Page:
Likud MKs' Rating Drops Because of Regulation Law, NGO Finds
The Knesset’s rejection of the recent regulation bill, which was aimed at circumventing a court order to destroy five residential units in the Ulpana neighborhood in Beit El, has caused the rating of several Likud ministers to drop.
According to a new report by Mattot Arim, a nationalist grassroots network numbering 20,000 Israelis, the rating of six ministers from the Likud has significantly dropped due to their voting against the law last month.
The ministers are Gilad Erdan (who dropped from 75 to 69), Benny Begin (who dropped from 76 to 70), Moshe Ya’alon (from 84 to 77), Moshe Kachlon (from 79 to 73), Limor Livnat (from 83 to 76) and Gideon Sa’ar (who dropped from 75 to 69).
Mattot Arim’s report documents the achievements and activities of elected officials – both ministers and Knesset members – at any moment since the beginning of their term in office. The report is aimed at giving the Israeli public a tool to track the activities of its representatives. The organization decided to give the vote on the regulation law a significant weight in measuring politicians’ ratings for the second half of 2012, as it was a crucial issue for nationalist voters.
The report used the special RANK calculation method to calculate the relative position of all elected officials, based on their accomplishments throughout the period of the current Knesset. A position was calculated for each elected official, ranging from 100 for first place to the legislator with the most accomplishments, to 99 for second place, 98 for third place and so on.
Referring to Prime Minister Binyamin Netanyahu’s threat to fire ministers over a vote in favor of the Regulation Law, Mattot Arim rejected the mitigating claim that a minister was therefore not free to vote in favor of the law and against the eviction because of Netanyahu's threat. Those who make this claim are saying that, as such, a minister's vote against the law should not be considered when calculating his ratings.
“First of all that claim is incorrect, because a minister may vote against [the eviction, despite a threat of dismissal by the Prime Minister]. We checked the law,” said the organization. “Second, if a minister thinks he can contribute more to the national camp without being a minister, then he should give back the keys [to his ministerial office, -ed.]."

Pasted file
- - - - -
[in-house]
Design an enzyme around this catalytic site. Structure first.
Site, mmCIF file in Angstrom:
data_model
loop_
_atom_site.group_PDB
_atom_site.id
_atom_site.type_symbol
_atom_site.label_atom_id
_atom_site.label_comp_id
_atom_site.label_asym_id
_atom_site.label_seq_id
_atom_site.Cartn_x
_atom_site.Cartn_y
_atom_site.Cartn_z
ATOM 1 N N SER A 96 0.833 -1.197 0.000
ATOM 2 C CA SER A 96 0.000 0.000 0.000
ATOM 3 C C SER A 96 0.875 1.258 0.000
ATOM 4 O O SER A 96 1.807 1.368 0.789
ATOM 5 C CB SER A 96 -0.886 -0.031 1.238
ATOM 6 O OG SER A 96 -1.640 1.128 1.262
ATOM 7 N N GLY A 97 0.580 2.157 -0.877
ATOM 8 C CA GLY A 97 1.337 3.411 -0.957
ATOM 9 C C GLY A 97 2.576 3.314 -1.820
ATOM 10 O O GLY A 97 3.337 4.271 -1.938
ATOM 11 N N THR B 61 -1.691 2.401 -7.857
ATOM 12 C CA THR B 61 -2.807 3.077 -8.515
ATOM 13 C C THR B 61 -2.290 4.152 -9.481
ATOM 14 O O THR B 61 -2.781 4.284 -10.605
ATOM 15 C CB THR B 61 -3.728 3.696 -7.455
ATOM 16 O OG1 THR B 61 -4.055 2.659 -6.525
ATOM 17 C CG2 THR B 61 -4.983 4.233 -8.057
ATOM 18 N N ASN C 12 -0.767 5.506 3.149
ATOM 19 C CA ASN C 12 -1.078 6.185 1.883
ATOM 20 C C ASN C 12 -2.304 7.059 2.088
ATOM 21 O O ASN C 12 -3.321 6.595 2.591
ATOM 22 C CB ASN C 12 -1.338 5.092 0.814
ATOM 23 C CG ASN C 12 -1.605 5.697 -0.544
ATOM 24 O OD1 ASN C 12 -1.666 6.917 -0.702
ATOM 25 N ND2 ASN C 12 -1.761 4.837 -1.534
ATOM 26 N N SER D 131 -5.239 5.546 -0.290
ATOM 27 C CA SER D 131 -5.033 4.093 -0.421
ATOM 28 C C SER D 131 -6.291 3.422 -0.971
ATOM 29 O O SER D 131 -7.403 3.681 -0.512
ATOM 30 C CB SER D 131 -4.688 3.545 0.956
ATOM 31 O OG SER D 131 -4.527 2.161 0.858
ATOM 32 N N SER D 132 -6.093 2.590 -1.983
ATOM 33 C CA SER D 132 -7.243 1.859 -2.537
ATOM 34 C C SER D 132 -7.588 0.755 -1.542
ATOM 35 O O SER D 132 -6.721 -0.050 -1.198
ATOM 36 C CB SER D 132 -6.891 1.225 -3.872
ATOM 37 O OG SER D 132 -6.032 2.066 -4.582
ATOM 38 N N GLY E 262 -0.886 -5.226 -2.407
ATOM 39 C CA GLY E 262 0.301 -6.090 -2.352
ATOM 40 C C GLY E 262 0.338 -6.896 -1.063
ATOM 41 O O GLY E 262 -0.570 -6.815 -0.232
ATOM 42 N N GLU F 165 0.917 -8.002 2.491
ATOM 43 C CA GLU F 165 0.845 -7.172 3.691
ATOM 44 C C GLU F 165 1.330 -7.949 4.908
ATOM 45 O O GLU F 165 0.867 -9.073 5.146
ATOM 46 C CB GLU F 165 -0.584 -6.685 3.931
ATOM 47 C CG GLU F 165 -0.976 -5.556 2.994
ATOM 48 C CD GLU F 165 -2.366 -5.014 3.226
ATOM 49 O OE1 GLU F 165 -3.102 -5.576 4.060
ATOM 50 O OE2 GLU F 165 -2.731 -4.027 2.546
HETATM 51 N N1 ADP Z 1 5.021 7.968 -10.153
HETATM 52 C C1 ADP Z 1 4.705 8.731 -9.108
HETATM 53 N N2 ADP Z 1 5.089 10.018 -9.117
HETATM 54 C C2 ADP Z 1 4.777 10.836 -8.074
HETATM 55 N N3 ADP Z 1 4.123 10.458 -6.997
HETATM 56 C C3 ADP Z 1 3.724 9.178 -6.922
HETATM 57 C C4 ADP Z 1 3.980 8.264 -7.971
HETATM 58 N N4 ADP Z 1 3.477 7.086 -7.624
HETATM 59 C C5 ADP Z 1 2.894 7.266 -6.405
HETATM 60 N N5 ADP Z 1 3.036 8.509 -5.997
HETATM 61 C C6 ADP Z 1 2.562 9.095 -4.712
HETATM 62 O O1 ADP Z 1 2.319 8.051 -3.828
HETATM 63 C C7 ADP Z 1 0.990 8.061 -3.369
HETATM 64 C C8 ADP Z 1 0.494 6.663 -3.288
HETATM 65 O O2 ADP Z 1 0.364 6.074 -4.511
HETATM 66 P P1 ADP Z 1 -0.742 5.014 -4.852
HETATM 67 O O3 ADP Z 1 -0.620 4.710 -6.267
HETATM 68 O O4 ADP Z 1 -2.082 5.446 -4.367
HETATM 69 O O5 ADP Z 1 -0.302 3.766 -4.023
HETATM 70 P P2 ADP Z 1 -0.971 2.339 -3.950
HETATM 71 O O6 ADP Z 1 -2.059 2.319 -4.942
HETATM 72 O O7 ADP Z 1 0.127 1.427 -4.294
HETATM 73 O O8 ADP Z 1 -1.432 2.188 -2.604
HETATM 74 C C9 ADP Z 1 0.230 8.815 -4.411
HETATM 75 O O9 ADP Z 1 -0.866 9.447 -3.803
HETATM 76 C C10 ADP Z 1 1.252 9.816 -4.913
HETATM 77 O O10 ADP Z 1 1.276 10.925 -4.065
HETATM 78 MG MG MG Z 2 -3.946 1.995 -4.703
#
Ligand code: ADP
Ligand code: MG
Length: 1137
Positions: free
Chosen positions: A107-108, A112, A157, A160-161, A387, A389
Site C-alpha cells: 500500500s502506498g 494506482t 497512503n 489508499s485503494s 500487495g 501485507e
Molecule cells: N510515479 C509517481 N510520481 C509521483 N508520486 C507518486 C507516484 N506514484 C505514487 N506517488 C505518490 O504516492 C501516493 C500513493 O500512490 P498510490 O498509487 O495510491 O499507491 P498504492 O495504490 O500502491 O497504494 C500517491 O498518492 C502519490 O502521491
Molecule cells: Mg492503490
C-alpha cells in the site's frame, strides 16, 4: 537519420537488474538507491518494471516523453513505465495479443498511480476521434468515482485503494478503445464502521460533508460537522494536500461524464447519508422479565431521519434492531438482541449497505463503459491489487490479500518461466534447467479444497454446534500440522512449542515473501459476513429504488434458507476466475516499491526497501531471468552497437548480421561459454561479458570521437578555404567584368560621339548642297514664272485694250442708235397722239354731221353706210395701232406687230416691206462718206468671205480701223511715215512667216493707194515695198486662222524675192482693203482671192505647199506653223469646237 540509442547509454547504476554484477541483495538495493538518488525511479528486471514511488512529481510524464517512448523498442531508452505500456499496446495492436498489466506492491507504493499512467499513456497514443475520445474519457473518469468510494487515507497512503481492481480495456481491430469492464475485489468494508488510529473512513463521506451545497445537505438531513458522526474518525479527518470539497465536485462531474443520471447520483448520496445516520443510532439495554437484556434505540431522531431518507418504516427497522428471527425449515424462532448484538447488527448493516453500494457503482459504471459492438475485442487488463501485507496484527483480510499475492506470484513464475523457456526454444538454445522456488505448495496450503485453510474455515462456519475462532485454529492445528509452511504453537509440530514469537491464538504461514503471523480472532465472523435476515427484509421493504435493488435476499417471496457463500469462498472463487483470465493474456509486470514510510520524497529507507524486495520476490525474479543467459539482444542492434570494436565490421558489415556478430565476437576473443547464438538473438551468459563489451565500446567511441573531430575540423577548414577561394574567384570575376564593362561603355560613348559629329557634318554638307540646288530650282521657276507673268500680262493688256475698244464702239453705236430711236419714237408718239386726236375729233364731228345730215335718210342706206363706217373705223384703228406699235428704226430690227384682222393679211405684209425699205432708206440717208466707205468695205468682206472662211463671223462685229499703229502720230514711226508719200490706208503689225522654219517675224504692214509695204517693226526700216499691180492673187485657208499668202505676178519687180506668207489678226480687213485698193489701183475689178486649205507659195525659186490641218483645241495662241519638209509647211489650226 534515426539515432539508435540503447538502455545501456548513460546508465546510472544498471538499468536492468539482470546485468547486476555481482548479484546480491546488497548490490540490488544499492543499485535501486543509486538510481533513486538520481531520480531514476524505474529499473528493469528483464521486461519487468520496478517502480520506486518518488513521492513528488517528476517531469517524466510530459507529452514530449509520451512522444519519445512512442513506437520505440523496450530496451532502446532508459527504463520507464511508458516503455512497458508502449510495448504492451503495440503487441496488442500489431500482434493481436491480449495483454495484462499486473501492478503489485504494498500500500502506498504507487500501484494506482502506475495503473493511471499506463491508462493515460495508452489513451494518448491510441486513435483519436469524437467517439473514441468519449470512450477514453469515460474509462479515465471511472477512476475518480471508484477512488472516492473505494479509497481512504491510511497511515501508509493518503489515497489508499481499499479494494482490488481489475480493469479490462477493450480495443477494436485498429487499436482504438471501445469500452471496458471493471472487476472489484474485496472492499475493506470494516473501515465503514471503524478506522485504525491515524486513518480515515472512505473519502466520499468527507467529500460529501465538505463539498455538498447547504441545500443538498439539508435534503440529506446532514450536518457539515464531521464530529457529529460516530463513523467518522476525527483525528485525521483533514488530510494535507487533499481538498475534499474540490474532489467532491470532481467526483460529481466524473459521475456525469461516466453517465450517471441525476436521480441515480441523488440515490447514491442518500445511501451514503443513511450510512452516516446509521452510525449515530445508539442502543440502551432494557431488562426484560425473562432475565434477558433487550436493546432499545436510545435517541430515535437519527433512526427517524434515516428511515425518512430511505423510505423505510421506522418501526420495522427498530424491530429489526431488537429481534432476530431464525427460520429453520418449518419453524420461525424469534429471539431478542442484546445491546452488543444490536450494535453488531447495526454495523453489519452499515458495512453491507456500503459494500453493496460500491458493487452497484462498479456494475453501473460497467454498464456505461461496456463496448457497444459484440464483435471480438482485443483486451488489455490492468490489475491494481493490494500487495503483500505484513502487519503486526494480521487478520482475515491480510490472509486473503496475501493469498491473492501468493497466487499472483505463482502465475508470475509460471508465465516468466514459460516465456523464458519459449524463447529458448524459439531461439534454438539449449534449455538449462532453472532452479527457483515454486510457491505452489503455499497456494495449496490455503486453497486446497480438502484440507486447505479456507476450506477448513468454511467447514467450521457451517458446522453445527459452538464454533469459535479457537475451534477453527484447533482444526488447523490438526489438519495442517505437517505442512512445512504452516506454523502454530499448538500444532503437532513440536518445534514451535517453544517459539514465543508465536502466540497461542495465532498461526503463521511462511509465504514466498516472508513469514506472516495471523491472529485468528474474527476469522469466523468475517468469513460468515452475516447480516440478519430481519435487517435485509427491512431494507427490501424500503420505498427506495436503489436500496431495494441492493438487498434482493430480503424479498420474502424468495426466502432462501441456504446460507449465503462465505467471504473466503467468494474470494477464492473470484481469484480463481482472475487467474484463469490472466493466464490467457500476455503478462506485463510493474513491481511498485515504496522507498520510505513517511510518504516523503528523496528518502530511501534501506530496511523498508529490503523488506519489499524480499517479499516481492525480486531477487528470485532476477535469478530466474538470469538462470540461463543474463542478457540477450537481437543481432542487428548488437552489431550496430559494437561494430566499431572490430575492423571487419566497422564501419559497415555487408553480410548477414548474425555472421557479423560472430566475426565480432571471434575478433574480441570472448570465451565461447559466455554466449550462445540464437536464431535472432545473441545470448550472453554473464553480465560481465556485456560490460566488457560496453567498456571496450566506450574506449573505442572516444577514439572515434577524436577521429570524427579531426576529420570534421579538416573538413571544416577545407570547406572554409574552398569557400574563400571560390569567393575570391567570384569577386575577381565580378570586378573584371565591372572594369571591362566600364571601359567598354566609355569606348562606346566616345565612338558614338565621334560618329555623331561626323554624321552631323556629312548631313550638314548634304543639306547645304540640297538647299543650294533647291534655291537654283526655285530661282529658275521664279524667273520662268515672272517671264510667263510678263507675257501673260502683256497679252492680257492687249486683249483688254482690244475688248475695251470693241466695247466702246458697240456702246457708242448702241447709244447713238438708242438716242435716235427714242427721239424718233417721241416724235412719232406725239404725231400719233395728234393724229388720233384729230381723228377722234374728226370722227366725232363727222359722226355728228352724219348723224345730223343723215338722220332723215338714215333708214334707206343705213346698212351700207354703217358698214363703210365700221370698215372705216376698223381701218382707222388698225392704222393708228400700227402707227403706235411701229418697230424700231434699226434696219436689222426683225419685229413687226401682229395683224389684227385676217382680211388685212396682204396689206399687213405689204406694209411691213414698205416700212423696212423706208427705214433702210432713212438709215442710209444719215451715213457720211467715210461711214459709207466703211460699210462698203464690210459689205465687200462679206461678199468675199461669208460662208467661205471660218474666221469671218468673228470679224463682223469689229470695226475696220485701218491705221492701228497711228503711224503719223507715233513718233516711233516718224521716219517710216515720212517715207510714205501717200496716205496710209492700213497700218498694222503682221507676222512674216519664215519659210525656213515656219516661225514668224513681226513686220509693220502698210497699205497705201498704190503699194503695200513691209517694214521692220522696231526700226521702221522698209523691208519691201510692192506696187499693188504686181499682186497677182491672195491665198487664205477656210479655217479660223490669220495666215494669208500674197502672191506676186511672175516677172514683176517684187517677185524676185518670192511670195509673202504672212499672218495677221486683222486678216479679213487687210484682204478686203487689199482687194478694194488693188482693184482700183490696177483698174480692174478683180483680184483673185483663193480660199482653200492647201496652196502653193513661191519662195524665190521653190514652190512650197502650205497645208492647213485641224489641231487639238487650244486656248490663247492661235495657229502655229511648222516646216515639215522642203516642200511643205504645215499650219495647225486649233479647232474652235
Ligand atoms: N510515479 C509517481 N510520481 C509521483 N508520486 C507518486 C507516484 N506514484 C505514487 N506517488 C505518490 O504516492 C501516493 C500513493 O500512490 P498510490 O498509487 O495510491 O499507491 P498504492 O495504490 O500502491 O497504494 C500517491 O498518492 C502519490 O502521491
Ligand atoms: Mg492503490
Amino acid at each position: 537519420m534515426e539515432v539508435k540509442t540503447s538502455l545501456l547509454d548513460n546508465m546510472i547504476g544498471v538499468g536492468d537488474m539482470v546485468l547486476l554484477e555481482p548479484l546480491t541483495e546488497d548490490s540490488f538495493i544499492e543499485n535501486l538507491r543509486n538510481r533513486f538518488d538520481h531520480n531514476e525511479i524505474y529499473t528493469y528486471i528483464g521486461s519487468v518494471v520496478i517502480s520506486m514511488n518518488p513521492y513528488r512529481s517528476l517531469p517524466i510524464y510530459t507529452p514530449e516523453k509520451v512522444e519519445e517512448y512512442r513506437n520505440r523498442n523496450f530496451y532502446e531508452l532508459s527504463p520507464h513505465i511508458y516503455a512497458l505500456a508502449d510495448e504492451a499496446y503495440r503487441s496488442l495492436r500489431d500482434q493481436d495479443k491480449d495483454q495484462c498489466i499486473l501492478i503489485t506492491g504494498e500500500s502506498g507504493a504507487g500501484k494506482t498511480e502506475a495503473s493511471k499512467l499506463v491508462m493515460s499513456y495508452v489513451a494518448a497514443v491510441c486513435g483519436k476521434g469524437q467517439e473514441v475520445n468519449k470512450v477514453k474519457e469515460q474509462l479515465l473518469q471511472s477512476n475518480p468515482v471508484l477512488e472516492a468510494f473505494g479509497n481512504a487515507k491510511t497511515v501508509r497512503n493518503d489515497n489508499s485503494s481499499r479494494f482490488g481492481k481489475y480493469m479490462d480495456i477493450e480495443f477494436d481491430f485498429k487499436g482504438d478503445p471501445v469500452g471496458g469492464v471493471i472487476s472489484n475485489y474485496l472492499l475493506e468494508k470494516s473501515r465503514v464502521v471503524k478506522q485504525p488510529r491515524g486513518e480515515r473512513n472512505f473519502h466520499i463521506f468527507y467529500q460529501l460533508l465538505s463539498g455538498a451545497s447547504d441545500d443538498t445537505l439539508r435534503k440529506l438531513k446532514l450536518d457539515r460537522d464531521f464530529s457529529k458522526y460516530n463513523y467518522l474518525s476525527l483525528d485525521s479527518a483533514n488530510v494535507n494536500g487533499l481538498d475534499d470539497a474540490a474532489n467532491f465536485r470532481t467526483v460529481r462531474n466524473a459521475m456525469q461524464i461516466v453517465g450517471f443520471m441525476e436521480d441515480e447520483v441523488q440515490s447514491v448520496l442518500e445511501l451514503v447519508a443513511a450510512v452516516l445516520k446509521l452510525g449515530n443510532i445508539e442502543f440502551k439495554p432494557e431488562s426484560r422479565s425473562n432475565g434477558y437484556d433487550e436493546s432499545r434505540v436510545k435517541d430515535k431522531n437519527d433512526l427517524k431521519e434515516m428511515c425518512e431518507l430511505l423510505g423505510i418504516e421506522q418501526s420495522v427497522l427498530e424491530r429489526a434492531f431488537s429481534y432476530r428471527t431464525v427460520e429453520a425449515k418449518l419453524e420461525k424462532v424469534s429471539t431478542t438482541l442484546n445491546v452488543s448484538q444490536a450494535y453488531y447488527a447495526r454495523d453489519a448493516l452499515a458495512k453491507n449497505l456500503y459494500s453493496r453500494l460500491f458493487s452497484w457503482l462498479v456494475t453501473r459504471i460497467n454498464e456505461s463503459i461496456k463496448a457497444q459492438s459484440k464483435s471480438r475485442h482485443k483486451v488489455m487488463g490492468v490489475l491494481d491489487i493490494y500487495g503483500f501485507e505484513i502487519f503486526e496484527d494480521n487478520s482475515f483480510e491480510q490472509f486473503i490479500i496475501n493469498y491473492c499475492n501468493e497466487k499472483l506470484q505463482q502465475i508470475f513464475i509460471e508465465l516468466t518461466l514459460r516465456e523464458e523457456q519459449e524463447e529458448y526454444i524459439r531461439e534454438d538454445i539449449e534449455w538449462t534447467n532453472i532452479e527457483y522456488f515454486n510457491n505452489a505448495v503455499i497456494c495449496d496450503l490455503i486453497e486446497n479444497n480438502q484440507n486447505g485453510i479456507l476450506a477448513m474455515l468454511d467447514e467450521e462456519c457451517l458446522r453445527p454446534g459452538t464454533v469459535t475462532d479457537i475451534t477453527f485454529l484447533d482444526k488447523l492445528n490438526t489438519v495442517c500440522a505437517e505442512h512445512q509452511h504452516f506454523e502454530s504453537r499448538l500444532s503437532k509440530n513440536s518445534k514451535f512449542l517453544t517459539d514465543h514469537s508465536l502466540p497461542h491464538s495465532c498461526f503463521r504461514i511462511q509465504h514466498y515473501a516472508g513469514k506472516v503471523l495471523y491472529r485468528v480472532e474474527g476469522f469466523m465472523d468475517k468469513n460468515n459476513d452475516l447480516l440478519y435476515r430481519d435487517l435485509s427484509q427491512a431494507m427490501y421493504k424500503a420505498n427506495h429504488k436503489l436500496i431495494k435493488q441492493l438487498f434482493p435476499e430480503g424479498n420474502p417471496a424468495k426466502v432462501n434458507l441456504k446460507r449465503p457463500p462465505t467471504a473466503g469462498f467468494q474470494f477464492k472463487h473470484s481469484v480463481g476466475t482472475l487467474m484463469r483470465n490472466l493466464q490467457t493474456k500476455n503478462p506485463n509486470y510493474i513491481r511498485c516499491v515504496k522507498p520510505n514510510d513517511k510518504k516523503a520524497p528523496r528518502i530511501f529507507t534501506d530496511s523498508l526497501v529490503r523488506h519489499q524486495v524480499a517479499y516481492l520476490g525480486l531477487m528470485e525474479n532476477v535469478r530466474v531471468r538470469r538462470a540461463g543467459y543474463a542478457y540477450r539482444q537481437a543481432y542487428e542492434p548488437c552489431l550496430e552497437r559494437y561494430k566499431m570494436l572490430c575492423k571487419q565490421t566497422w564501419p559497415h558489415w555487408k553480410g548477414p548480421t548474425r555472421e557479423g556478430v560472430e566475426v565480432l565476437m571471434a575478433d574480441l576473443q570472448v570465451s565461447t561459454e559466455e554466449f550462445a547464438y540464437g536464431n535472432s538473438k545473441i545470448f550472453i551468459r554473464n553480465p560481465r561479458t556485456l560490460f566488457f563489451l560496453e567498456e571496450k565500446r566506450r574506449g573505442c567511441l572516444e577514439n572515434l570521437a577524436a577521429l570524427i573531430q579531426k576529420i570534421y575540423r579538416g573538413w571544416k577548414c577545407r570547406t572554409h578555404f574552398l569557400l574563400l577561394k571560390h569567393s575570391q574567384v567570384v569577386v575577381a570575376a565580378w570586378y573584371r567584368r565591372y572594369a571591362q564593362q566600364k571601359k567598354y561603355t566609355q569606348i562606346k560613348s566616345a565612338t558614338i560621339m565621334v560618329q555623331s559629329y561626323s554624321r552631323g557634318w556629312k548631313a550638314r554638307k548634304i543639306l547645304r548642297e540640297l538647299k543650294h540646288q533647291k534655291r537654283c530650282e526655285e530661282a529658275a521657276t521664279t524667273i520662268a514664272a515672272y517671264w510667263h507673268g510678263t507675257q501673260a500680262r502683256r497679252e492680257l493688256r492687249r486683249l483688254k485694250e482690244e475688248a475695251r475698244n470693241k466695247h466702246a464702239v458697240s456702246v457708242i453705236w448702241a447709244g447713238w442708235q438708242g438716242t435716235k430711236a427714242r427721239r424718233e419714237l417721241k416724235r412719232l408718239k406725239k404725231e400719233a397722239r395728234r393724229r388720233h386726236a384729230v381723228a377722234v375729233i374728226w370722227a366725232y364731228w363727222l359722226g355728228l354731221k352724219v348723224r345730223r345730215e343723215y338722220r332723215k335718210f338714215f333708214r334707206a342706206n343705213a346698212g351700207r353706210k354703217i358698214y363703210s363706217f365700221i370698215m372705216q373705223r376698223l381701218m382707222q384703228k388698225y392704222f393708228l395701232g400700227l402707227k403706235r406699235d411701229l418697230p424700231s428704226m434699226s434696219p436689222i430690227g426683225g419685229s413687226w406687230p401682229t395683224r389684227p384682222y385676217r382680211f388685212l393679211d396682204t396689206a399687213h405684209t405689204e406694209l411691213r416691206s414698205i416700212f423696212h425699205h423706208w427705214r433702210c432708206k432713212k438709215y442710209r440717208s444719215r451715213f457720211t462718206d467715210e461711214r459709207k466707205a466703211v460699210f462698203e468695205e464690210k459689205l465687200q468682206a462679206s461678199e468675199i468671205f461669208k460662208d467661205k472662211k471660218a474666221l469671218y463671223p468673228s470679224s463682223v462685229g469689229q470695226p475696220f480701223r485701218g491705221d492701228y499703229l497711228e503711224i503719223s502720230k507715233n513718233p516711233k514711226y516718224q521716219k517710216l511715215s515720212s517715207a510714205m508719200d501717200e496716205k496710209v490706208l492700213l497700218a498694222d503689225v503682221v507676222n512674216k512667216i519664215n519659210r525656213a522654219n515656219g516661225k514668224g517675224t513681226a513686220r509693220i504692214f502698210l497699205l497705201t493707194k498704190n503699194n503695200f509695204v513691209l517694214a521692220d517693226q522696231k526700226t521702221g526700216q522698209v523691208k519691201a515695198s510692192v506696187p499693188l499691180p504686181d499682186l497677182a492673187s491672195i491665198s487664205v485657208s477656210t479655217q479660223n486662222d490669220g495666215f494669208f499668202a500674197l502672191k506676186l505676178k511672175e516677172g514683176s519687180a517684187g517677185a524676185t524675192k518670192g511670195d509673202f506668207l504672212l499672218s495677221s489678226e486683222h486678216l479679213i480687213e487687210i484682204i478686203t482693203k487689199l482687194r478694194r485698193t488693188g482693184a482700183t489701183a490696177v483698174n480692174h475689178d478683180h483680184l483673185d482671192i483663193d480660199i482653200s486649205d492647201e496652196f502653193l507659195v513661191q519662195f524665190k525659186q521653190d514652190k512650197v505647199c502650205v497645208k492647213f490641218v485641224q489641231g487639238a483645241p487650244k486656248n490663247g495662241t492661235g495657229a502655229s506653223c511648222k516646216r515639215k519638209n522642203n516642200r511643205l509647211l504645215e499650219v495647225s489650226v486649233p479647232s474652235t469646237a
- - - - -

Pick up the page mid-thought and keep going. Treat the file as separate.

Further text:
"As for the claim that certain ministers voted for the eviction in order to gain other achievements for the national camp in the future, there are two answers. First of all if these achievements will actually occur, they will appear in our next report and will neutralize the rating of a certain minister who may have damaged himself when he voted against the regulation law. Second, an ideological legislator should not refuse to support a preliminary reading of a law of such crucial national importance. The ministers should have supported the law while at the same time announcing that if some great and significant achievement is granted [to make up for the demolishment of the houses, -ed.], then they will consider voting against it in the second and third readings.”
The report noted that it is already possible to identify a small number of ministers and MKs who definitely deserve the support of nationalist voters. These are the legislators who have excelled in a high rank consistently through the entire tenure of the Knesset and the government so far. The highest ranking elected officials include: Ze’ev Elkin, Danny Danon and Yariv Levin, who all received a score of 98, Tzipi Hotovely who received 94, and three of the four National Union MKs: Prof. Aryeh Eldad, Uri Ariel and Dr. Michael Ben-Ari (who rank 96, 99 and 98, respectively).
There are six elected officials that, if they persist in their current activity pattern until the elections, are expected with high probability to be supported by voters. These are six MKs whose position average is 80 and over: Ofir Akunis, Zion Pinyan, Miri Regev and Reuven Rivlin from the Likud, David Rotem from Yisrael Beytenu, and Avraham Michaeli from Shas. It should be noted that Likud Minister Yuli Edelstein was ranked just one point below the 80 and over category (79), because he did not support the regulation law at the last minute.
Finally, the report notes that religious Jewish voters would be better off voting for the Jewish Home party rather than for Shas, because while the level of achievements of Shas stands at 67, lower than that of the Likud, the Jewish Home's level of achievements is 85. It should be noted that in the last election, a group of religious nationalists voted Shas to show their displeasure with the national religious parties.